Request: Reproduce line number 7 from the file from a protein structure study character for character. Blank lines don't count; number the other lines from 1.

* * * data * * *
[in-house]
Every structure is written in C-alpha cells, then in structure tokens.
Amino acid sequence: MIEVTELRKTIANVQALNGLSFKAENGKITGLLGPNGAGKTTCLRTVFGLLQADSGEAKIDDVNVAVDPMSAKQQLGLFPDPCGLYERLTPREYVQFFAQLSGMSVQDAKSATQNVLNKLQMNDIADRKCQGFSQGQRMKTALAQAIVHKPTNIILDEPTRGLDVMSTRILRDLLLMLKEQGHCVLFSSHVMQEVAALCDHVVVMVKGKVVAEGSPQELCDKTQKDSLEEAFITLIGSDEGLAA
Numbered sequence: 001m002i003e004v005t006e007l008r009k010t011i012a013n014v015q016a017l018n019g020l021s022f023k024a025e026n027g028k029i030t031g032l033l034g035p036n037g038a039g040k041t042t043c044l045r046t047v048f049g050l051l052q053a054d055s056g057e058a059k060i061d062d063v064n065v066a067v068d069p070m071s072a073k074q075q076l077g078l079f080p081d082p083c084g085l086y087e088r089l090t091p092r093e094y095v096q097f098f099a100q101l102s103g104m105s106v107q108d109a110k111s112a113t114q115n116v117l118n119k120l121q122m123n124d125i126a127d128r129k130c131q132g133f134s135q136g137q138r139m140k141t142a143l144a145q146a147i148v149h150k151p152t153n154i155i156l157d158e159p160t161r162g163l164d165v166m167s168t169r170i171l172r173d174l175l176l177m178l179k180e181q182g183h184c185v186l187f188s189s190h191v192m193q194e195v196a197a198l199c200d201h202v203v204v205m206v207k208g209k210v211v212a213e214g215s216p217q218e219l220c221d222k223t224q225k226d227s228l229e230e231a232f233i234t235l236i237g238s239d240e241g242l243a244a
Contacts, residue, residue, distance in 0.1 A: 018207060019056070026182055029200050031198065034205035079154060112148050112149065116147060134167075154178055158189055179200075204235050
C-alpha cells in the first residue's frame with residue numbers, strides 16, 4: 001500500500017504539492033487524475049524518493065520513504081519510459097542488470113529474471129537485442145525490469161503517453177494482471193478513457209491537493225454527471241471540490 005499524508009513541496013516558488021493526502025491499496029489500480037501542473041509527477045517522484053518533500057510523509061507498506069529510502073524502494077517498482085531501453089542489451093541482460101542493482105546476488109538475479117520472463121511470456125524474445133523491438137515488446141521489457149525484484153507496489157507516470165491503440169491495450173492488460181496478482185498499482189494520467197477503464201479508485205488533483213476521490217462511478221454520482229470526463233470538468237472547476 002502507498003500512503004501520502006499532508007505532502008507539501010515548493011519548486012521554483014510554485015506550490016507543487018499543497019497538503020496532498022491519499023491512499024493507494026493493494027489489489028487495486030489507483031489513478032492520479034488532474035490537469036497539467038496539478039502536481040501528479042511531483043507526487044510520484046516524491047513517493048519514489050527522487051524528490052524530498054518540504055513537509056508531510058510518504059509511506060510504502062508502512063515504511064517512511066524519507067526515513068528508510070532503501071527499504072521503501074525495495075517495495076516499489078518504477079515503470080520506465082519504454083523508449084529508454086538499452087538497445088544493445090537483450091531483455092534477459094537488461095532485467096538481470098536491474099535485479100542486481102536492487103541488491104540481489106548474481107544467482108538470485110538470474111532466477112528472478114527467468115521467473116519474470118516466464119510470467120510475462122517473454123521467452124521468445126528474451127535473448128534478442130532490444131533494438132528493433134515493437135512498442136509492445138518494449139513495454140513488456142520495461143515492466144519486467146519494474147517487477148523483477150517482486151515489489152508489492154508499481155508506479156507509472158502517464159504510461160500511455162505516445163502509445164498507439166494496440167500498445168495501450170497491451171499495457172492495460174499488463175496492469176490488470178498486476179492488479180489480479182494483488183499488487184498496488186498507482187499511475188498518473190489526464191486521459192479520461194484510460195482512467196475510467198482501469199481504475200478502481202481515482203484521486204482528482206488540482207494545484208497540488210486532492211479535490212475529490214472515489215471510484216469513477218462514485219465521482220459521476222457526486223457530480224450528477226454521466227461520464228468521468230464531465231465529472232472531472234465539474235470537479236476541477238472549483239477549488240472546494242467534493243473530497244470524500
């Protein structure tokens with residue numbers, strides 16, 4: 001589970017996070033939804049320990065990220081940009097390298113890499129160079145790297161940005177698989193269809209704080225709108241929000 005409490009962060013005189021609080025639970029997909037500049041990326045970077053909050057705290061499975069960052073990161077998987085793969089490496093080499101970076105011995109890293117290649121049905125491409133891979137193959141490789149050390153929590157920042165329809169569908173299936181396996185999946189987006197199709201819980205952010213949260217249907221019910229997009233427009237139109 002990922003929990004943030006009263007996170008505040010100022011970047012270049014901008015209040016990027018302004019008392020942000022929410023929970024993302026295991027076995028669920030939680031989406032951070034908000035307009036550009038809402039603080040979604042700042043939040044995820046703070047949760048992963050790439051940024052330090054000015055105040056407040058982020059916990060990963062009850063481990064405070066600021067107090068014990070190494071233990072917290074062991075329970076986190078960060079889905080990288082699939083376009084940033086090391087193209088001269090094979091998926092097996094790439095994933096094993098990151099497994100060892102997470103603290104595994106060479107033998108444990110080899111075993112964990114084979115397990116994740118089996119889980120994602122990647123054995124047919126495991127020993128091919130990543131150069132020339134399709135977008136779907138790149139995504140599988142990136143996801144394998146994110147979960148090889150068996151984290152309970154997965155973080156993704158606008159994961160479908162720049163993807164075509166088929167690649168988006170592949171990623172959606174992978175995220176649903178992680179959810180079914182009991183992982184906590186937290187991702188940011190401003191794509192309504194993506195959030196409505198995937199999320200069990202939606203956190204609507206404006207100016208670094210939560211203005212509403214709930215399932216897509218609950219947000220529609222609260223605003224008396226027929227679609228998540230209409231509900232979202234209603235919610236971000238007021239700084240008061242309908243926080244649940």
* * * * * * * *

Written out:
């Protein structure tokens with residue numbers, strides 16, 4: 001589970017996070033939804049320990065990220081940009097390298113890499129160079145790297161940005177698989193269809209704080225709108241929000 005409490009962060013005189021609080025639970029997909037500049041990326045970077053909050057705290061499975069960052073990161077998987085793969089490496093080499101970076105011995109890293117290649121049905125491409133891979137193959141490789149050390153929590157920042165329809169569908173299936181396996185999946189987006197199709201819980205952010213949260217249907221019910229997009233427009237139109 002990922003929990004943030006009263007996170008505040010100022011970047012270049014901008015209040016990027018302004019008392020942000022929410023929970024993302026295991027076995028669920030939680031989406032951070034908000035307009036550009038809402039603080040979604042700042043939040044995820046703070047949760048992963050790439051940024052330090054000015055105040056407040058982020059916990060990963062009850063481990064405070066600021067107090068014990070190494071233990072917290074062991075329970076986190078960060079889905080990288082699939083376009084940033086090391087193209088001269090094979091998926092097996094790439095994933096094993098990151099497994100060892102997470103603290104595994106060479107033998108444990110080899111075993112964990114084979115397990116994740118089996119889980120994602122990647123054995124047919126495991127020993128091919130990543131150069132020339134399709135977008136779907138790149139995504140599988142990136143996801144394998146994110147979960148090889150068996151984290152309970154997965155973080156993704158606008159994961160479908162720049163993807164075509166088929167690649168988006170592949171990623172959606174992978175995220176649903178992680179959810180079914182009991183992982184906590186937290187991702188940011190401003191794509192309504194993506195959030196409505198995937199999320200069990202939606203956190204609507206404006207100016208670094210939560211203005212509403214709930215399932216897509218609950219947000220529609222609260223605003224008396226027929227679609228998540230209409231509900232979202234209603235919610236971000238007021239700084240008061242309908243926080244649940």